But are we really able to come together as a couple?

It’s important to know that hey, he’s a spender and I’m a saver, and if we can understand and work from the strengths in the relationship, it can be beautiful thing.

The kids are going to like him a lot more at Christmas than they are her. At the same time, her being able to save money is probably going to allow them to put the kids through college. Once you actually have the balancing act of the money personalities down, Scott reiterates, it should be pretty smooth sailing and your relationship can be amazing!”


Meet the 5 Financial Personality Types

Spenders believe money is meant for spending and have no trouble parting with their dollars. Sometimes they spend more money than they should or live above their means because they get caught up in the moment or see something they “have” to have. They usually spend first, think later. On the plus side, though, spenders tend to be generous with their friends and support charitable causes with ease.

Savers love to get a good deal. These fervent bargain-hunters clip coupons, compare prices and hate to pay full price for anything. As easy as it is to get Spenders to part with their money, it’s equally hard to get Savers to part with theirs. At their worst, Savers can be viewed as cheapskates who don’t tip servers well or skip out on their portion of a shared bill. They can sometime undervalue their time, as well. At best, however, Savers can be resourceful and creative, and they role-model a lifestyle that’s not focused on material possessions.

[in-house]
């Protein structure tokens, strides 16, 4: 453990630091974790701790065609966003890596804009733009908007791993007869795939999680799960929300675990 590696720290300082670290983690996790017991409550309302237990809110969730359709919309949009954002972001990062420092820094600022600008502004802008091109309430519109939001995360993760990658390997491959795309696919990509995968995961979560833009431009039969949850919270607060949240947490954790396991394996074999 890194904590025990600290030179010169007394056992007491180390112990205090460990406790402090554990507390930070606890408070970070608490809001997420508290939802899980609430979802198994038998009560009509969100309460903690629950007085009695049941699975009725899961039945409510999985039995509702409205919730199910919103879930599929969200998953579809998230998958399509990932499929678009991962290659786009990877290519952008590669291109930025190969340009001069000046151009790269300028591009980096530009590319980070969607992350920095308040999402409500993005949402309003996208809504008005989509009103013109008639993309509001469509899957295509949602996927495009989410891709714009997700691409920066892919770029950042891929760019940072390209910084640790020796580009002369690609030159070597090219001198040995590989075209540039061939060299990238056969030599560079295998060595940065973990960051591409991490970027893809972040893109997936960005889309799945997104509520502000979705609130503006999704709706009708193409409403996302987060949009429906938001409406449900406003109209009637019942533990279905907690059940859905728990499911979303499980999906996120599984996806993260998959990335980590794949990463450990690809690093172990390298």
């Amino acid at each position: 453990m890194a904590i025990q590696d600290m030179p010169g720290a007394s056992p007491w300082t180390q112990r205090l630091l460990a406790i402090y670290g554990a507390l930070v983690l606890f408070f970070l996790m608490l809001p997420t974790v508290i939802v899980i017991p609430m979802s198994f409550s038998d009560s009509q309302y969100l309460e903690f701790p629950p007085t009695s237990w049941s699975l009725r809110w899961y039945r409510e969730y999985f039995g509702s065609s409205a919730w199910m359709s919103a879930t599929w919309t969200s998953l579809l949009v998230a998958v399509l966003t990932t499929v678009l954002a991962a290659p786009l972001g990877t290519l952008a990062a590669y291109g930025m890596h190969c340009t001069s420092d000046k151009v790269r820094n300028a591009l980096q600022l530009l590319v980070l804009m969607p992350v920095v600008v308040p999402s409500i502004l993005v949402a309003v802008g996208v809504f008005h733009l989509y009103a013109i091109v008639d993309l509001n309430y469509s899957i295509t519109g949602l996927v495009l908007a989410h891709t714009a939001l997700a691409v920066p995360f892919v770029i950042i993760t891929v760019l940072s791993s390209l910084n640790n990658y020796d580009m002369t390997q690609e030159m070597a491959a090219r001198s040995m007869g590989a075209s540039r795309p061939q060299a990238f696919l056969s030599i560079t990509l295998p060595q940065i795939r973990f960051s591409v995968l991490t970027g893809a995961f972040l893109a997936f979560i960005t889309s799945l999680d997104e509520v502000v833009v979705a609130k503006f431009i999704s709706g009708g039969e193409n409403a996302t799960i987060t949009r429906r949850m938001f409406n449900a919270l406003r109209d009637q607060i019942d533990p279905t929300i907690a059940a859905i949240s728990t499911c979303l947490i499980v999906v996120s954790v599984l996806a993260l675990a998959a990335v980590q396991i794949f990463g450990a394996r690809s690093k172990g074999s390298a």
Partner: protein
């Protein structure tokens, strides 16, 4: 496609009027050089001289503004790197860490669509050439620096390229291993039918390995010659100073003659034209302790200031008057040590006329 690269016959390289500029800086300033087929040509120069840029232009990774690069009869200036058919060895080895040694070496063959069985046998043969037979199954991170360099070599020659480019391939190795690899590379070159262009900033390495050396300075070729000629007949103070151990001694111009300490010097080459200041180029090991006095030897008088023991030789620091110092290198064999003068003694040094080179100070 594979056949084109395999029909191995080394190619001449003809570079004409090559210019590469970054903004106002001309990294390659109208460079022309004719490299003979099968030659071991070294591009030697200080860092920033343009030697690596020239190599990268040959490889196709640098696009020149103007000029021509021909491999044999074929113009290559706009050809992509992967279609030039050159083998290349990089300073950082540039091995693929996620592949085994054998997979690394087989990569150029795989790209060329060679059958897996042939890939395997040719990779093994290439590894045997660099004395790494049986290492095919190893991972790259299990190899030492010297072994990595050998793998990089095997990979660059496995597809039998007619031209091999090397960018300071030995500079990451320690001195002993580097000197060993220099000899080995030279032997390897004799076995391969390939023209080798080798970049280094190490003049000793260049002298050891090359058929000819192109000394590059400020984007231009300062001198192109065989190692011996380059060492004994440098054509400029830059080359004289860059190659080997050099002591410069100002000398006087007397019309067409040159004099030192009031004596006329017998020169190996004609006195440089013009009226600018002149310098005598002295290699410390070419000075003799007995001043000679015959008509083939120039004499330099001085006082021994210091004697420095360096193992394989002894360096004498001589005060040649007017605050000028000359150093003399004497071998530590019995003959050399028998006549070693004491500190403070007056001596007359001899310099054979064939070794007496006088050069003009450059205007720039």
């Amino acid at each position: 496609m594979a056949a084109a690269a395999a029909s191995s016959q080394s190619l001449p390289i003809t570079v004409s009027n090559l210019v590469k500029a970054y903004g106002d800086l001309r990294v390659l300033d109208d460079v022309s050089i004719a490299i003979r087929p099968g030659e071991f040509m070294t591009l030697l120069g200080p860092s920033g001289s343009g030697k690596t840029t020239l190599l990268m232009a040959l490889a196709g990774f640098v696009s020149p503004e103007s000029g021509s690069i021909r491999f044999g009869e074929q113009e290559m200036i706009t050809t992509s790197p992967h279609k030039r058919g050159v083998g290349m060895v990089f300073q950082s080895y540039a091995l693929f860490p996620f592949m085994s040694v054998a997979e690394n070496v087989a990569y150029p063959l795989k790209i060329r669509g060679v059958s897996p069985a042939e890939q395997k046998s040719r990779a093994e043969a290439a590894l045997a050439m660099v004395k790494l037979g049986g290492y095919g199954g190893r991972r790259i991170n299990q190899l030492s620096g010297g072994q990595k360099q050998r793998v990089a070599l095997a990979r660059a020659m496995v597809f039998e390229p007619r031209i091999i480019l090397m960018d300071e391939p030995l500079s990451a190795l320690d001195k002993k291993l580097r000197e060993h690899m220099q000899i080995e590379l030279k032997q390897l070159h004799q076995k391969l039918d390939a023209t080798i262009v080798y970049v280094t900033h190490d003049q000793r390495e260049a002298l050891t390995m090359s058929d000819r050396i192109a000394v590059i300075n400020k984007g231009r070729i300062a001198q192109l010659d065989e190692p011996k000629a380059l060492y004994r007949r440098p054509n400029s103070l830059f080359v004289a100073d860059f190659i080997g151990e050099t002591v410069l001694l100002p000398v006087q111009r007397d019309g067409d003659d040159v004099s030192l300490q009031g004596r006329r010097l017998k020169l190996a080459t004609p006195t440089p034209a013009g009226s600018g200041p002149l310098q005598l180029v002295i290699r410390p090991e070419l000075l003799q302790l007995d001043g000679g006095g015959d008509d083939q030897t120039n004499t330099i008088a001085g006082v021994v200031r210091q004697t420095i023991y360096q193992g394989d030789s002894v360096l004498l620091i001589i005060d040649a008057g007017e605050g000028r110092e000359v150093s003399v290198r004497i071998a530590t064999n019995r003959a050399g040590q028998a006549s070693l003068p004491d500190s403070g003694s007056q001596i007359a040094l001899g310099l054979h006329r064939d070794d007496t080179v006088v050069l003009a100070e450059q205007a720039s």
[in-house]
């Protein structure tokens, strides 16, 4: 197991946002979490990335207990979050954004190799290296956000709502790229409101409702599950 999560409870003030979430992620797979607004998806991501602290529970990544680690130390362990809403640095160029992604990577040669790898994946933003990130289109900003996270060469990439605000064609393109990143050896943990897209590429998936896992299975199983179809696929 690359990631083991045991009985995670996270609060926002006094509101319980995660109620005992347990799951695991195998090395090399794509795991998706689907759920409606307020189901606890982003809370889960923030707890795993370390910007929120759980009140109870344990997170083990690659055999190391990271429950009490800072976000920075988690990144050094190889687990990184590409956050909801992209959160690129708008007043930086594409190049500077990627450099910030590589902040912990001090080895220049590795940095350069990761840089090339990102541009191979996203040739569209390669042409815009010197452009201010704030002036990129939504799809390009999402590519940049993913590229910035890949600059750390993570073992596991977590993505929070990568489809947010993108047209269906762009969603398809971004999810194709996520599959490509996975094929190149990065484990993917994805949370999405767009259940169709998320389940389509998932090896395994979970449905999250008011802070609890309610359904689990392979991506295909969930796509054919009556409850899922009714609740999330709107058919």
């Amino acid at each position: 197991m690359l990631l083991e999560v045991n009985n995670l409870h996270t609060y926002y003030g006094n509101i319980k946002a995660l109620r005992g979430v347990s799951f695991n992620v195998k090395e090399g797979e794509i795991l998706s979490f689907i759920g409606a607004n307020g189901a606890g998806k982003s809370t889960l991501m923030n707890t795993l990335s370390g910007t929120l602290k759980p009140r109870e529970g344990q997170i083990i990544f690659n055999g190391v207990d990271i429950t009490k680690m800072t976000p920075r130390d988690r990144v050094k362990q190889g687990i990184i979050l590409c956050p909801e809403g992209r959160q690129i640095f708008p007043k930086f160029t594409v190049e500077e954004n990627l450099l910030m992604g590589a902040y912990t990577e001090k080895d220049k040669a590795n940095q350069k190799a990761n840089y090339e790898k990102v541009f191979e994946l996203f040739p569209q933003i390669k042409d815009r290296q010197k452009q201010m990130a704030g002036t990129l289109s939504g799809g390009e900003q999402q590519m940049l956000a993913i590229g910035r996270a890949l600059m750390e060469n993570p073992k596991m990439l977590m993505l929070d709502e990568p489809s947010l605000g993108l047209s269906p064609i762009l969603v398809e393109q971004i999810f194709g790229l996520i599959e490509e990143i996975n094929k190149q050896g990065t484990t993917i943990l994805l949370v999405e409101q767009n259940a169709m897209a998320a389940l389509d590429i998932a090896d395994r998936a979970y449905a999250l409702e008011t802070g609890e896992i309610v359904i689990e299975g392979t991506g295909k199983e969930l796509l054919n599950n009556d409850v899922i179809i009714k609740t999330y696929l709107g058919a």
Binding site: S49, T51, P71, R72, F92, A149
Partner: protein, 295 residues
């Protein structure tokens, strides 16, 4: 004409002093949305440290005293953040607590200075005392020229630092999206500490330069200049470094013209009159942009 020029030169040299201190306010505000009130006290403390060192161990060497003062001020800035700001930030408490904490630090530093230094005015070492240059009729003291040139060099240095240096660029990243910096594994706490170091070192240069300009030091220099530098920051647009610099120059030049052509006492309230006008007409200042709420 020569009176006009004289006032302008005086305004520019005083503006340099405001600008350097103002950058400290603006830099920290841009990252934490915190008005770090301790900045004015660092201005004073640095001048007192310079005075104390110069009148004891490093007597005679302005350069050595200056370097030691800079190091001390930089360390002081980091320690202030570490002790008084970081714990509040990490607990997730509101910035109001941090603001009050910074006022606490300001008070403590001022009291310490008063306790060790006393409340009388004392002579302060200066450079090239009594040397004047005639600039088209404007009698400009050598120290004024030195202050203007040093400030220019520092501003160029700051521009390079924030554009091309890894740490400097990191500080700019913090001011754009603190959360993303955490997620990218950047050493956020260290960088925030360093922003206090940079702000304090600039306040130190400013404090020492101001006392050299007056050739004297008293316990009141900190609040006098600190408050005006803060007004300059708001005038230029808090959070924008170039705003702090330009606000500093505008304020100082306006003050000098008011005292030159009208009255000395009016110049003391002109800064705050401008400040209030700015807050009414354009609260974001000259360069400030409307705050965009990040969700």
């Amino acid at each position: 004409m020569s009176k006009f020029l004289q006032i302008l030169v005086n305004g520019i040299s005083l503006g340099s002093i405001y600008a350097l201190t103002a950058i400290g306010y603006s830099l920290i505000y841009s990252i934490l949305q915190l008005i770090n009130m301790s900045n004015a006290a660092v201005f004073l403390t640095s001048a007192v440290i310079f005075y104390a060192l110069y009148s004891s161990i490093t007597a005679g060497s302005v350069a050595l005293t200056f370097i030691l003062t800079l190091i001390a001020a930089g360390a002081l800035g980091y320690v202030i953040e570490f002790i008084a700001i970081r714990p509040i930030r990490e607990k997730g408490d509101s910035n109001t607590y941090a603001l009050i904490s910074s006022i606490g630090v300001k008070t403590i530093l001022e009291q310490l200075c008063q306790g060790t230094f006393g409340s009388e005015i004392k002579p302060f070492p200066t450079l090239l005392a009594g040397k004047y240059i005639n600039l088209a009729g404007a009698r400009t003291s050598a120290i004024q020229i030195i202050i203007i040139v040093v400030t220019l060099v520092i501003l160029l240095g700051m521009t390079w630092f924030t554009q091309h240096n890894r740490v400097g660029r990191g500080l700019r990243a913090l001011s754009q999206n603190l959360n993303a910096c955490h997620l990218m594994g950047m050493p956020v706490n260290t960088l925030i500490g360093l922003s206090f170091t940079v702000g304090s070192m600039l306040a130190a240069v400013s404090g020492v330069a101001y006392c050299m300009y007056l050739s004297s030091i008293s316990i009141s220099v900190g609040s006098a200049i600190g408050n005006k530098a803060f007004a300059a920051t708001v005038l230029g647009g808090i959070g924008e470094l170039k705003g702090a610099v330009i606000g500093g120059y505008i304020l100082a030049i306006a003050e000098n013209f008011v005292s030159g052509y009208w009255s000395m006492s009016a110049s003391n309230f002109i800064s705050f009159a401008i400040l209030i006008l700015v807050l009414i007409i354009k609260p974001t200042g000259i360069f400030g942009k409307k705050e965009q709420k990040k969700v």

Risk-Averse personalities place security and planning as their No. 1 concerns. They prefer proven, safe investments and like to plan and research before making any big purchases. They view money as a tool that generates security. Their hesitation to part with money or seek out investment opportunities comes from their high priority on feeling financially stable. At best, Risk-Averse personalities can help a family maintain a solid financial footing. At worst, they may forgo opportunities for growth due to risk concerns.

Gamblers think money is all about the thrill of the chase. They’ll take big risks if it means a potentially big payoff, and they’re driven more by optimism and gut feeling than by details and analysis. At best, Gamblers may dramatically increase their wealth with a winning investment. At worst, however, Gamblers may lose it all.

Flyers are best described as the “doesn’t pay attention” personality type. These people simply don’t think about money at all. They don’t view money as a tool that creates security, status symbols or anything else. They’d be equally happy with a tiny or massive bank balance, and they believe that people who think too-hard about money (like Savers and the Risk-Averse) are a bit obsessive.

Most people have a dominant and secondary personality type. If you felt drawn toward two categories, this could be the case for you.



To learn more and take the
money personality quiz be
sure to visit Scott & Bethany
at themoneycouple.com.